Buddhism The Ancient Buddhist Pantheon
The ancient Buddhist pantheon was full of deities or Buddhas,...
Zen Is Iconoclastic
For the followers of Bodhidharma, however, this conception of...
Buddha Is Unnamable
Give a definite name to Deity, He would be no more than what ...
All The Worlds In Ten Directions Are Buddha's Holy Land
We are to resume this problem in the following chapter. Suff...
Man Is Good-natured According To Mencius
Oriental scholars, especially the Chinese men of letters, see...
The Fifth And The Sixth Patriarchs
Tao Sin transmitted the Law to Hung Jan (Ko-nin), who being e...
Zen And The Regent Generals Of The Ho-jo Period
No wonder, then, that the representatives of the Samurai clas...
There Is No Mortal Who Is Non-moral Or Purely Immoral
The same is the case with the third and the fourth class of p...
Where Then Does The Error Lie?
Where, then, does the error lie in the four possible proposit...
Idealism Is A Potent Medicine For Self-created Mental Disease
In so far as Buddhist idealism refers to the world of sense, ...
Wang Yang Ming O-yo-mei And A Thief
One evening when Wang was giving a lecture to a number of stu...
The Awakening Of The Innermost Wisdom
Having set ourselves free from the misconception of Self, nex...
Difficulties Are No Match For The Optimist
How can we suppose that we, the children of Buddha, are put a...
Buddha The Universal Life
Zen conceives Buddha as a Being, who moves, stirs, inspires,
The Great Person And Small Person
For these reasons Zen proposes to call man Buddha-natured or
The Courage And The Composure Of Mind Of The Zen Monk And Of The Samurai
Fourthly, our Samurai encountered death, as is well known, wi...
The Parable Of A Drunkard
Now the question arises, If all human beings are endowed with...
The Method Of Instruction Adopted By Zen Masters
Thus far we have described the doctrine of Zen inculcated by ...
The Establishment Of The Rin Zai School Of Zen In Japan
The Lin Tsi school was started by Nan Yoh, a prominent
Man Is Not Good-natured Nor Bad-natured But Buddha-natured
We have had already occasion to observe that Zen teaches
Life Change And Hope
The doctrine of Transcience never drives us to the pessimistic view
of life. On the contrary, it gives us an inexhaustible source of
pleasure and hope. Let us ask you: Are you satisfied with the
present state of things? Do you not sympathize with poverty-stricken
millions living side by side with millionaires saturated with wealth?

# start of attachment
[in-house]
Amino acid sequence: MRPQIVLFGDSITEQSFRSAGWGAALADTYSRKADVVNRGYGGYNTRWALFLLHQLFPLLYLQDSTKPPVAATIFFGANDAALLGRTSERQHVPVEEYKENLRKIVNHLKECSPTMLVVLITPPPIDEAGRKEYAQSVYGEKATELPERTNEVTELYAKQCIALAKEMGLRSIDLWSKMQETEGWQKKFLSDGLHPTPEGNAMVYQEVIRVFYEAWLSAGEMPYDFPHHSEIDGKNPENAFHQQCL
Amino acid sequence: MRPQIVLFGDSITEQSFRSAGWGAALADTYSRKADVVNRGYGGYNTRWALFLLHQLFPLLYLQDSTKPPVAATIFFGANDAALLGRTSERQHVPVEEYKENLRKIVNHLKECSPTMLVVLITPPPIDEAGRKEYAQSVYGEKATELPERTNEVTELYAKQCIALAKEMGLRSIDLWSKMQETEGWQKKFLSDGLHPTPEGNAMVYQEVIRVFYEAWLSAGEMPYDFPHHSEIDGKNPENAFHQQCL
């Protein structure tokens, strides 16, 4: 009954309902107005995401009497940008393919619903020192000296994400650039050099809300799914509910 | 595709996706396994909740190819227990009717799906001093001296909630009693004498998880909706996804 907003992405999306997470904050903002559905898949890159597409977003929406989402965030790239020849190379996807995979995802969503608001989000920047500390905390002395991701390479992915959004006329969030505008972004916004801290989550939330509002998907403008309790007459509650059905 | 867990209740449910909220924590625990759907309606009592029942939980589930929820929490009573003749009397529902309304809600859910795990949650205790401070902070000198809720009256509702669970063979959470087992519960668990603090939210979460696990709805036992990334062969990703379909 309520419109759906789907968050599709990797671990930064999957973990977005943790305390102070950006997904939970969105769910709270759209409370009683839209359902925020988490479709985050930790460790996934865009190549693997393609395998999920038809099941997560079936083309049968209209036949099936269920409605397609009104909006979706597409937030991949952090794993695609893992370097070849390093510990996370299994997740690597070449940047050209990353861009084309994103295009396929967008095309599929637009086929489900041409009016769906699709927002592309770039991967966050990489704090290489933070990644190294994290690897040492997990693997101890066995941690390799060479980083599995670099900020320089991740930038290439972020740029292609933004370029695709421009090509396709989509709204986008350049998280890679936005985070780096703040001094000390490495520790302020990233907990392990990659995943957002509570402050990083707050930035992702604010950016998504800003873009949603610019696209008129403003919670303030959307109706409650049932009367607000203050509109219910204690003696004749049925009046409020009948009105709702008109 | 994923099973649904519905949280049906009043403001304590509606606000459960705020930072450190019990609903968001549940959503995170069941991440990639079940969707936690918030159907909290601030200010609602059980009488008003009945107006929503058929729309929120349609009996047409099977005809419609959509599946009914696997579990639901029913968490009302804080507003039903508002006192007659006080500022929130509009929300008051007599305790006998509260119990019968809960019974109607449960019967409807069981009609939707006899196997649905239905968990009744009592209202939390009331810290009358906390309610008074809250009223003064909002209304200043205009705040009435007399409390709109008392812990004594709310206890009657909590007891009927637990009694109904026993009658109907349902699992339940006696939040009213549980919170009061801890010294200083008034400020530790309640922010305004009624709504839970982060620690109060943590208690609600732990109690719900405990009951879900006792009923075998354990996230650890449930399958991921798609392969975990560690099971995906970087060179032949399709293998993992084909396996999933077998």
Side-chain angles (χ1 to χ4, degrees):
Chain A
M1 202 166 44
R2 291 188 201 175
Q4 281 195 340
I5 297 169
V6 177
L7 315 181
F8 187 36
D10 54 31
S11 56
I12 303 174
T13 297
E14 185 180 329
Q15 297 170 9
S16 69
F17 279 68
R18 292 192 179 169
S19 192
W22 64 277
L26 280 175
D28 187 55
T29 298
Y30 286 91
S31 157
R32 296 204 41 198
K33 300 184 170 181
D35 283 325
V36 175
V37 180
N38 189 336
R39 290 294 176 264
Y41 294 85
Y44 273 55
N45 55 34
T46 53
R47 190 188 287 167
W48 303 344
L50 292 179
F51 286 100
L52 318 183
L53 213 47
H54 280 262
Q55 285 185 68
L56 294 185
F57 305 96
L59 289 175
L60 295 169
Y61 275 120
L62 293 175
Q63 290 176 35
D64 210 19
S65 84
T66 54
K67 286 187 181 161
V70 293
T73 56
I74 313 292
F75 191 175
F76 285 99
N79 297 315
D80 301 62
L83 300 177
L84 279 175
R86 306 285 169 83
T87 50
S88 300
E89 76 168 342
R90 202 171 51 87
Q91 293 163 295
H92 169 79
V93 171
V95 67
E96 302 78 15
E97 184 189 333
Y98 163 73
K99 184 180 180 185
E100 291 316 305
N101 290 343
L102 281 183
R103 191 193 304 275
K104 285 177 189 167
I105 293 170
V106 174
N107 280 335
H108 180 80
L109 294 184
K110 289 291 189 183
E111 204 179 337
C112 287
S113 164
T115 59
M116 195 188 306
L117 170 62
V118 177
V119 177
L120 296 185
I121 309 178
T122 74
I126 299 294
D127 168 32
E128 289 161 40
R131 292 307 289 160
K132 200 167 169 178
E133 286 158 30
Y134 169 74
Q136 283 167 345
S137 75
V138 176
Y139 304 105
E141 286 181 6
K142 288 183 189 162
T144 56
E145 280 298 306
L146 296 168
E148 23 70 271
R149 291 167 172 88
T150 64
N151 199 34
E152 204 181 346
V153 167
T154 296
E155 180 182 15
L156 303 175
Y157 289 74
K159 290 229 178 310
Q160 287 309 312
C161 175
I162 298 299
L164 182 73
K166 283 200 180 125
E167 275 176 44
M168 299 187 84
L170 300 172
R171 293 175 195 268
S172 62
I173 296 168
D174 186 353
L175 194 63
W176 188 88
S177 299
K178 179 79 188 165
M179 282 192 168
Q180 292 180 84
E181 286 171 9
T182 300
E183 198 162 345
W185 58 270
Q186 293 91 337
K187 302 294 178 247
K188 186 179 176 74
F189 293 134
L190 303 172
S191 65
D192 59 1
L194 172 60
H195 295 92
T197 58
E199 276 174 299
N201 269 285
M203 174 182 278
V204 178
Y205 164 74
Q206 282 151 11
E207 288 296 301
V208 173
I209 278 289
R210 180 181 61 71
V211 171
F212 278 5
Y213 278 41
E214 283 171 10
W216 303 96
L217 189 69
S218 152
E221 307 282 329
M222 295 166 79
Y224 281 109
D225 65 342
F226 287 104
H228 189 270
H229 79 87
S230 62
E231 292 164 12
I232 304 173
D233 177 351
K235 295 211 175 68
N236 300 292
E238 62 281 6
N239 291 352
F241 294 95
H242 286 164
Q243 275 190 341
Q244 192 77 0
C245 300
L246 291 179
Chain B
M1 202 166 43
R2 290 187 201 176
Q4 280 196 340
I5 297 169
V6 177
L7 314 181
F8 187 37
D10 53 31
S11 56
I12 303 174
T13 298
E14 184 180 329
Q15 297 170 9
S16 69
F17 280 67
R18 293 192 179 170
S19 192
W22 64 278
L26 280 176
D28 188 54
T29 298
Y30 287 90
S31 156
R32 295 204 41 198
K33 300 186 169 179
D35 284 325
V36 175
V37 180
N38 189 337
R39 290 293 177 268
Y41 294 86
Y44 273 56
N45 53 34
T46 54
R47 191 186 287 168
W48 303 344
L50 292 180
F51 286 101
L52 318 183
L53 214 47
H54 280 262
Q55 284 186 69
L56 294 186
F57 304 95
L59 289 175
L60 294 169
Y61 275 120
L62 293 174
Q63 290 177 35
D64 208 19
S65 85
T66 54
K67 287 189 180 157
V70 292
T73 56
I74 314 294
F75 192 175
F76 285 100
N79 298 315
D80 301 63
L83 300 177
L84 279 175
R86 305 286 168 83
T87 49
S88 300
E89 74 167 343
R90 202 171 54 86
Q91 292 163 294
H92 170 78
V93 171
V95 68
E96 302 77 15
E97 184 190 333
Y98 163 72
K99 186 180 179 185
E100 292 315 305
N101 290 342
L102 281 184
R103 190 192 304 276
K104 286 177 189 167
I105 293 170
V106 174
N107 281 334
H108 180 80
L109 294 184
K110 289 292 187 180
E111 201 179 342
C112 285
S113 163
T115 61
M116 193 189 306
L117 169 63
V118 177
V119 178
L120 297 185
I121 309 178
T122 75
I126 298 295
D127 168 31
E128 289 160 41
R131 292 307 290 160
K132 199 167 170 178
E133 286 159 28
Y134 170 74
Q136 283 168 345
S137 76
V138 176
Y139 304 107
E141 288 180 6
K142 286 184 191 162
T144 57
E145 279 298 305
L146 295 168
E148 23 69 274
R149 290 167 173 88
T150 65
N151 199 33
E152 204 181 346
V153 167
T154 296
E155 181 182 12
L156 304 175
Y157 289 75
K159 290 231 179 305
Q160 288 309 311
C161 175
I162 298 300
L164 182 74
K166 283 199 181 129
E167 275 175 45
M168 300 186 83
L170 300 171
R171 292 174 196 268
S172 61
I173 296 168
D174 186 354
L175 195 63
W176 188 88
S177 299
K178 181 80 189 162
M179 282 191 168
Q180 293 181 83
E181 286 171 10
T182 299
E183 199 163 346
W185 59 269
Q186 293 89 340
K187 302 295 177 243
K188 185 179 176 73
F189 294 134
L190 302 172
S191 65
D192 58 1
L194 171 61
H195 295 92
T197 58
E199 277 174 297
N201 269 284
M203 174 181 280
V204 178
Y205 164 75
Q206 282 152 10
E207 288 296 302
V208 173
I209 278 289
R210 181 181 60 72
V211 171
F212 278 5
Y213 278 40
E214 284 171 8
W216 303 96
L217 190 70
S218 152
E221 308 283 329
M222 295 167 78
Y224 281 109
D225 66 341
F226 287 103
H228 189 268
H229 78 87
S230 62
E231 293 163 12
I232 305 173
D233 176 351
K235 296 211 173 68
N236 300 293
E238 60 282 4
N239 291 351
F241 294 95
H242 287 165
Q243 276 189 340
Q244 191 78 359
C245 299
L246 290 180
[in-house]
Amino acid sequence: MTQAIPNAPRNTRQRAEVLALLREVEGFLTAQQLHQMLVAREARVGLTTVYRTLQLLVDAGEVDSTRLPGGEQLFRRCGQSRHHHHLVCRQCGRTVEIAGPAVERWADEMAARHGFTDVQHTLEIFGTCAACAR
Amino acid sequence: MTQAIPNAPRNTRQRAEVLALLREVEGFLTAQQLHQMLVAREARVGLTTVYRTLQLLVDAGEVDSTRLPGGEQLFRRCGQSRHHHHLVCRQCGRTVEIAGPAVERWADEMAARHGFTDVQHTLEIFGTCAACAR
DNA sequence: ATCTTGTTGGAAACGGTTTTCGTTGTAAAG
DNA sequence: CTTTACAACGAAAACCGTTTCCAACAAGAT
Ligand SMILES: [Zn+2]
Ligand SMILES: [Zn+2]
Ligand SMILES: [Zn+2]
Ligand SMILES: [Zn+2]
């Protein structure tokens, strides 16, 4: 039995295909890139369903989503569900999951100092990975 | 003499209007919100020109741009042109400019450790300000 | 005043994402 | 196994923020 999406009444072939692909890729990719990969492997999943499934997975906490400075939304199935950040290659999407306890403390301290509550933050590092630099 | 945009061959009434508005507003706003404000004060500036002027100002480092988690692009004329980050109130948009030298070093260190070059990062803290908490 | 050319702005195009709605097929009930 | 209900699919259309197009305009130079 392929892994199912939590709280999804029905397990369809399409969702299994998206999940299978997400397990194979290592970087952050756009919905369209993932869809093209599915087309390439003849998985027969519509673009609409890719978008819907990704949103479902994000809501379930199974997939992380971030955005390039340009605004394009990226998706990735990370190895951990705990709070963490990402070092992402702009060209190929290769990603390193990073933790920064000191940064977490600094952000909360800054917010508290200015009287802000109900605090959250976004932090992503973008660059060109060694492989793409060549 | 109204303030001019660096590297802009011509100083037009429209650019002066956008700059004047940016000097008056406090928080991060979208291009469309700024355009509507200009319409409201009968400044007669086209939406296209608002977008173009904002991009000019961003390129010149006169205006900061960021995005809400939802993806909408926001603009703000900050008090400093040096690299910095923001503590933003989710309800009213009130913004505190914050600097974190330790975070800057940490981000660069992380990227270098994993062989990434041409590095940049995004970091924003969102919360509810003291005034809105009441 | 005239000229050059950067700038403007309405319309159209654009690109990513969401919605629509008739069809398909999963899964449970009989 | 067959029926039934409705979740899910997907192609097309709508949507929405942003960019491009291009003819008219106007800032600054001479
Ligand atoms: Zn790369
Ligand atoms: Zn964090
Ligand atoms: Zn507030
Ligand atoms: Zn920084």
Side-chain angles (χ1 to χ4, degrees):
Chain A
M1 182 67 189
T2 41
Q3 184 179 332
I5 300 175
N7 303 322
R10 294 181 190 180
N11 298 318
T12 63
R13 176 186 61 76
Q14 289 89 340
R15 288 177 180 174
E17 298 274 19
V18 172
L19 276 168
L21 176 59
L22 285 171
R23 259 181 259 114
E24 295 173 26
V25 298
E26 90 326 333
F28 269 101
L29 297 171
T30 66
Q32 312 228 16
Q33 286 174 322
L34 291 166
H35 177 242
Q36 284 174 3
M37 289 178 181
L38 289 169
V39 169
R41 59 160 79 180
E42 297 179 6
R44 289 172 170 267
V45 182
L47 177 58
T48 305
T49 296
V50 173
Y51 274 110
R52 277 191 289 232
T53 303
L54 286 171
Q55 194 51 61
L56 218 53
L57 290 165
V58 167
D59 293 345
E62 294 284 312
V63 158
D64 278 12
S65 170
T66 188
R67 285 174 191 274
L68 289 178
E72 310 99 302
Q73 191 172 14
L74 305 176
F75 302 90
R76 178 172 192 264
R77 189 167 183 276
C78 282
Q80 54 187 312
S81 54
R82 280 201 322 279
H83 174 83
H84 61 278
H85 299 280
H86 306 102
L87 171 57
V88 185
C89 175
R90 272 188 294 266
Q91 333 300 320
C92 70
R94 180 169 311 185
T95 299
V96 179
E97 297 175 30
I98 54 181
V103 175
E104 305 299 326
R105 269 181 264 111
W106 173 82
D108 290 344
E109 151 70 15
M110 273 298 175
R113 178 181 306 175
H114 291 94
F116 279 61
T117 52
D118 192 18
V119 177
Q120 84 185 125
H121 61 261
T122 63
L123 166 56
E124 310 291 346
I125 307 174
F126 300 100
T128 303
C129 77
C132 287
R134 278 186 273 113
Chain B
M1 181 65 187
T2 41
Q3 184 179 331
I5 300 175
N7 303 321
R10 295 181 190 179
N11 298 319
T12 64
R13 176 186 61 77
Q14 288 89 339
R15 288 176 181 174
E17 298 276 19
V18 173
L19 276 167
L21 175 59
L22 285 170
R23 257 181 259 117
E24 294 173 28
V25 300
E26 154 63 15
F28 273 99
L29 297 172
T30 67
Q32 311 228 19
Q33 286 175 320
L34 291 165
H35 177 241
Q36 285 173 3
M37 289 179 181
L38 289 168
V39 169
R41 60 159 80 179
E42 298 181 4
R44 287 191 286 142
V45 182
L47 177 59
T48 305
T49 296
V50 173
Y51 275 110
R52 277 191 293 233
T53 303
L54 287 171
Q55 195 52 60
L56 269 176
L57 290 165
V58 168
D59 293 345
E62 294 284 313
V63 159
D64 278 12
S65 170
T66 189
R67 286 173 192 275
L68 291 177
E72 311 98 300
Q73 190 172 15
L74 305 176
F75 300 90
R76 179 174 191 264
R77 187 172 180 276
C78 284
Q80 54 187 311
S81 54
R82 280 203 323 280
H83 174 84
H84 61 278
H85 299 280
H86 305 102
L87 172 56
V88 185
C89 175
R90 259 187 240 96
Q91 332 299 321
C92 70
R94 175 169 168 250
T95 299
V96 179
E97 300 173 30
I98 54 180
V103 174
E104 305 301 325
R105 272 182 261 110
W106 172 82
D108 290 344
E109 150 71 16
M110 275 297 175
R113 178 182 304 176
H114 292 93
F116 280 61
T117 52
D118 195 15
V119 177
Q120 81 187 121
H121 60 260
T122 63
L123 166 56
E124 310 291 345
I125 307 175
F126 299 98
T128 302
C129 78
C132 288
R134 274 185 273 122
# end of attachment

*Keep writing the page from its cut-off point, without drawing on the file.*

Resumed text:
Do you not shed tears over those hunger-bitten children who cower in
the dark lanes of a great city? Do you not wish to put down the
stupendous oppressor--Might-is-right? Do you not want to do away
with the so-called armoured peace among nations? Do you not need to
mitigate the struggle for existence more sanguine than the war of
Life changes and is changeable; consequently, has its future. Hope
is therefore possible. Individual development, social betterment,
international peace, reformation of mankind in general, can be hoped.
Our ideal, however unpractical it may seem at the first sight, can
be realized. Moreover, the world itself, too, is changing and
changeable. It reveals new phases from time to time, and can be
moulded to subserve our purpose. We must not take life or the world
as completed and doomed as it is now. No fact verifies the belief
that the world was ever created by some other power and predestined
to be as it is now. It lives, acts, and changes. It is transforming
itself continually, just as we are changing and becoming. Thus the
doctrine of Transience supplies us with an inexhaustible source of
hope and comfort, leads us into the living universe, and introduces
us to the presence of Universal Life or Buddha.
The reader may easily understand how Zen conceives Buddha as the
living principle from the following dialogues: "Is it true, sir,"
asked a monk of Teu tsz (To-shi), "that all the voices of Nature are
those of Buddha?" "Yes, certainly," replied Teu tsz. "What is,
reverend sir," asked a man of Chao Cheu (Jo-shu), "the holy temple
(of Buddha)?" "An innocent girl," replied the teacher. "Who is the
master of the temple?" asked the other again. "A baby in her womb,"
was the answer. "What is, sir," asked a monk to Yen Kwan (Yen-kan),
"the original body of Buddha Vairocana?" "Fetch me a pitcher
with water," said the teacher. The monk did as he was ordered. "Put
it back in its place," said Yen Kwan again.
Literally, All Illuminating Buddha, the highest of the
Trikayas. See Eitel, p. 192.
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